14 SEPTEMBER 1901, Page 3

We regret to announce the death in his seventy-fourth year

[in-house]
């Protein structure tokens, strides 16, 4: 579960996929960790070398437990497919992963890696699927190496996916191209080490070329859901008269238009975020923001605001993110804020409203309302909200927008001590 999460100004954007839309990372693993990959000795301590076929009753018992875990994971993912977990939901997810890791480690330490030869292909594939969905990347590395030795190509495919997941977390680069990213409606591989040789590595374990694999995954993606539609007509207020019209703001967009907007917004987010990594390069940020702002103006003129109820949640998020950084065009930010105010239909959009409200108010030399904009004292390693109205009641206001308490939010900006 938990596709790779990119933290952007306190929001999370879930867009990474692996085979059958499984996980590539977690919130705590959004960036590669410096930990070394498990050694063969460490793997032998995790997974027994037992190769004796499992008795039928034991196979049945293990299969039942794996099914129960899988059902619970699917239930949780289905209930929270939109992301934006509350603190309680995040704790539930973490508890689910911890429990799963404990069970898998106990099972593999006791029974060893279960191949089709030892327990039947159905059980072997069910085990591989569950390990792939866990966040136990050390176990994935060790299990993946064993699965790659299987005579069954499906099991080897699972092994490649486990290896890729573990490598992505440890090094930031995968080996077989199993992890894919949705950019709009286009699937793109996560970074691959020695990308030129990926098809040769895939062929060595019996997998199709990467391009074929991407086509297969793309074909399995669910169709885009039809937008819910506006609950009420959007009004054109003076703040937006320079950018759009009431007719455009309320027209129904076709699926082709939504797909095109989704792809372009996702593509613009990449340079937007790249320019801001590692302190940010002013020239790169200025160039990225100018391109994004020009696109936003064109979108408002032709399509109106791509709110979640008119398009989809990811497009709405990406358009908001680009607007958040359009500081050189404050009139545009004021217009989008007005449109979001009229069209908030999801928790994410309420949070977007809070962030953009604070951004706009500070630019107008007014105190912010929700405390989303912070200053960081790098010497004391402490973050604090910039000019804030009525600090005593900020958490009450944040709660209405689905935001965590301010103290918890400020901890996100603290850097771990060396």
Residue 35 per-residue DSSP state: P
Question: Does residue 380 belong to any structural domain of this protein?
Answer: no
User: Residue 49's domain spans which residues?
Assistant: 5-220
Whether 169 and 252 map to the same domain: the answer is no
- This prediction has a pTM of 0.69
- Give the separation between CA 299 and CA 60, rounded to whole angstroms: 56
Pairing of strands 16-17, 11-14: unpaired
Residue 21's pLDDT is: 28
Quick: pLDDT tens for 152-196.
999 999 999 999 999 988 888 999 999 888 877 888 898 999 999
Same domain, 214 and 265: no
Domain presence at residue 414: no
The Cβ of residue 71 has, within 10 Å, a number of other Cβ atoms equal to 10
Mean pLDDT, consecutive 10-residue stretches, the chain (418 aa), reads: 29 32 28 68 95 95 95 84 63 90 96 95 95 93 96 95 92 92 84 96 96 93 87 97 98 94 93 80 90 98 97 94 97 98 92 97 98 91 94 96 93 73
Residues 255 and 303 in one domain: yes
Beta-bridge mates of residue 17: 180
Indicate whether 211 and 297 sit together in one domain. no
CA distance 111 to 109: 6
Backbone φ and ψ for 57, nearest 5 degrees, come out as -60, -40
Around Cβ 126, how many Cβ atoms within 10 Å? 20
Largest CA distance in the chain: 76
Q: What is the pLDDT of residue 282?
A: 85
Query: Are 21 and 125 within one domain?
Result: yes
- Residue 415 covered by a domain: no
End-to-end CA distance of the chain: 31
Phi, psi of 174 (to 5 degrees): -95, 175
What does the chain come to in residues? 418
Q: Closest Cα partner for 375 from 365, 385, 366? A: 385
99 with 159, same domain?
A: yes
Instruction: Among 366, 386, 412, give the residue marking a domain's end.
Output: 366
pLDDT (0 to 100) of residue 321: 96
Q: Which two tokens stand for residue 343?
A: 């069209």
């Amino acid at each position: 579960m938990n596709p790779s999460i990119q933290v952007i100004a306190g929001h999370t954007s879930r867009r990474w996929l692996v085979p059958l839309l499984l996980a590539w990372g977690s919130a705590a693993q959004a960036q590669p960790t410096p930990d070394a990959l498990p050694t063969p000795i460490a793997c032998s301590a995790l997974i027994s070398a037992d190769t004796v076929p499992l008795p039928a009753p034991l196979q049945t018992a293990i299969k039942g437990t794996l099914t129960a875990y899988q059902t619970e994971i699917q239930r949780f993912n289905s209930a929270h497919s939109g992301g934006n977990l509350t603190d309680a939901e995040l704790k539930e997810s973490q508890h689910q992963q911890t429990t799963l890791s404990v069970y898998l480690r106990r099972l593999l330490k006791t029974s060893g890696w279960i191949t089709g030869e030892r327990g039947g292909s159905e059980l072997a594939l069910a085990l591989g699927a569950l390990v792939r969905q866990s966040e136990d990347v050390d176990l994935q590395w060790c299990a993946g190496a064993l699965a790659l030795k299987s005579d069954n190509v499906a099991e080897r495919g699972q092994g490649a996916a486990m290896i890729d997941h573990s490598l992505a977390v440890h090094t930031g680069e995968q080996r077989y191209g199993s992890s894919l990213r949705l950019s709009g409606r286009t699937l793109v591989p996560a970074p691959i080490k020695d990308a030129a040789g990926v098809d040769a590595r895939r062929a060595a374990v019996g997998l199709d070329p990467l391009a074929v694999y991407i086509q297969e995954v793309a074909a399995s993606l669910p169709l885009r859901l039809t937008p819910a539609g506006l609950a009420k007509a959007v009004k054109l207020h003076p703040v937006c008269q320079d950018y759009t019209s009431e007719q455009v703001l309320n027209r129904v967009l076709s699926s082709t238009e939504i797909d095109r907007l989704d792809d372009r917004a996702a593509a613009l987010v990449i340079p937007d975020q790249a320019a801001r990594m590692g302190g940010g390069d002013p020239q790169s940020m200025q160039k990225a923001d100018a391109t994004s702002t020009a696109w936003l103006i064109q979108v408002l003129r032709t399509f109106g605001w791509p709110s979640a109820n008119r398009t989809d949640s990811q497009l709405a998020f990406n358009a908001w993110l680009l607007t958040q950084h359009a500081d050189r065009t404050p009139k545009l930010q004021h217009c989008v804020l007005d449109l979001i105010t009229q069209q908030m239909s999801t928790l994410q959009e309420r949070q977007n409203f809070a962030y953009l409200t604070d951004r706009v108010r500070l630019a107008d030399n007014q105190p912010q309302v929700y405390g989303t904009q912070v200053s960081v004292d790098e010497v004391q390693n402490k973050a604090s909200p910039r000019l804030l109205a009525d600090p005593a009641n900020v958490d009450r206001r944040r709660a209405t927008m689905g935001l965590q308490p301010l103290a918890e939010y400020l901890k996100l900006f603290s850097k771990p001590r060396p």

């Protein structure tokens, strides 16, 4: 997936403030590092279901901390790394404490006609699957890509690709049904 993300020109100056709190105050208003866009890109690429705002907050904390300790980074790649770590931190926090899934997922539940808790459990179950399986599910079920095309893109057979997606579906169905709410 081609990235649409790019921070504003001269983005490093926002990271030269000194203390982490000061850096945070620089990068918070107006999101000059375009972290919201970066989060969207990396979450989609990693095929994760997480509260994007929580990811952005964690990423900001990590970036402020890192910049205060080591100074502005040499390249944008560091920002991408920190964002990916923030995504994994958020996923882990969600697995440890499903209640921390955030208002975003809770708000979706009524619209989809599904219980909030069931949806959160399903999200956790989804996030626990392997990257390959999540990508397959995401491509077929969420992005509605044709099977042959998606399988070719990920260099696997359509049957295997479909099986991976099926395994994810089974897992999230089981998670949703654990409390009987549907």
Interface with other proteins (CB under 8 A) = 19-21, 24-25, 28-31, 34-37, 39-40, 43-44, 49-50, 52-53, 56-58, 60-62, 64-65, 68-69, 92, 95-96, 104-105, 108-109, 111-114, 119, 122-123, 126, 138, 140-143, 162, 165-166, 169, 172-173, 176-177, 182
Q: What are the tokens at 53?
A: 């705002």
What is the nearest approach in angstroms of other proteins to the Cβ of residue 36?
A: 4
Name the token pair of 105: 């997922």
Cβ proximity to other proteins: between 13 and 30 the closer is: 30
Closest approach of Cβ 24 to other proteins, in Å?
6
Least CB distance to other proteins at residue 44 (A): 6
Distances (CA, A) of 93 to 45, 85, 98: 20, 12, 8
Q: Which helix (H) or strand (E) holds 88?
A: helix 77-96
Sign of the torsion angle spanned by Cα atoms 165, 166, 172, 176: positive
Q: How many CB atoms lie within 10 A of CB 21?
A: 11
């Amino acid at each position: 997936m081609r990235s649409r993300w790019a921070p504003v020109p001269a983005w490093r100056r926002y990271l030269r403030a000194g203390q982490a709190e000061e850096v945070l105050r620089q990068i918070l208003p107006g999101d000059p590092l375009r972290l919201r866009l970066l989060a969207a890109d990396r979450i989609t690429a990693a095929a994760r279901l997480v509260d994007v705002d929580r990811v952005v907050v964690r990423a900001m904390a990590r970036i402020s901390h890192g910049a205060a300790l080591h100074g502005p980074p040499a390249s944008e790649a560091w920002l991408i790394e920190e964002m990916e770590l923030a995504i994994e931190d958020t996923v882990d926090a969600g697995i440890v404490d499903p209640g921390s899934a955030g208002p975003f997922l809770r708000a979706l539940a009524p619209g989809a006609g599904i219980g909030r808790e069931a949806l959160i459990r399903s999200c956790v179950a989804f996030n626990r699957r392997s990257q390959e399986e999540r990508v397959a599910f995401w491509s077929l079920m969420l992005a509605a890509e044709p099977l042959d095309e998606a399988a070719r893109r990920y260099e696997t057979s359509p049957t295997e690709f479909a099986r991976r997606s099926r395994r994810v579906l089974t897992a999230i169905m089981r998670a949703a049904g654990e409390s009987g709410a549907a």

of Lord Morris, the famous Irish Law Lord and wit. In the year 1889 he was withdrawn from the Irish Bench and appointed one of the Lords of Appeal in Ordinary, resigning in May, 1900, when he was created a Peer of the United Kingdom. But "Judge Morris," to call him by the name by which he was best known in Ireland, owed his reputation at least as much to his good sayings as to his learning. Long before his translation to the English Bench his °biter dicta, forensic or political, had attained so general 8, circulation that it was a common practice of minar Irish wits to gain cunancy for their good sayings by ascribing them to Judge Morris. But of the genuine Morrisiana enough are extant to warrant the statement that none of his contemporaries excelled him as a milieus stultorum. He used the 'bludgeon in preference to the rapier; eschewed all subtlety of expression, and delighted in telling home truths in the most homely language, reinforced by a deliberately exaggerated and stentorian brogue. Lord Morris, as a strong though somewhat :scornful Unionist, shone in his comments on the Home-rule agitation. When the wife of a Gladstonian Viceroy asked him at a party in Dublin, "Are there many Home-rulers here to-day ? " he is alleged to have replied, "My Lady, the only Home-rulers present are yourself, his Excellency, and the lackeys." Another time, when trying some young farmers for illegal drilling, he said, "There you go on making fools of yourselves marching and counter-marching when you ought to be out in the fields carting dung." And again, in reply to the argu- ment of an eloquent advocate that "the people" were in sympathy with certain offenders, he said, quite in the style of Dr. Johnson, "I never knew a small town in Ireland that hadn't a blackguard in it who called himself the people." Lastly, as an instance of his inability to bear with what he considered meddlesome interference, there is the story of his reception of a distinguished Treasury official sent over to Dublin to inquire into the expenditure of fuel in the Courts. He was received politely by the Chief Justice, who said he would put him in communication with the'proper person, and rang the belL When the elderly female who acted as Court-keeper appeared, he remarked, as he left the room, "Mary, this is tho young man that's come about the coals."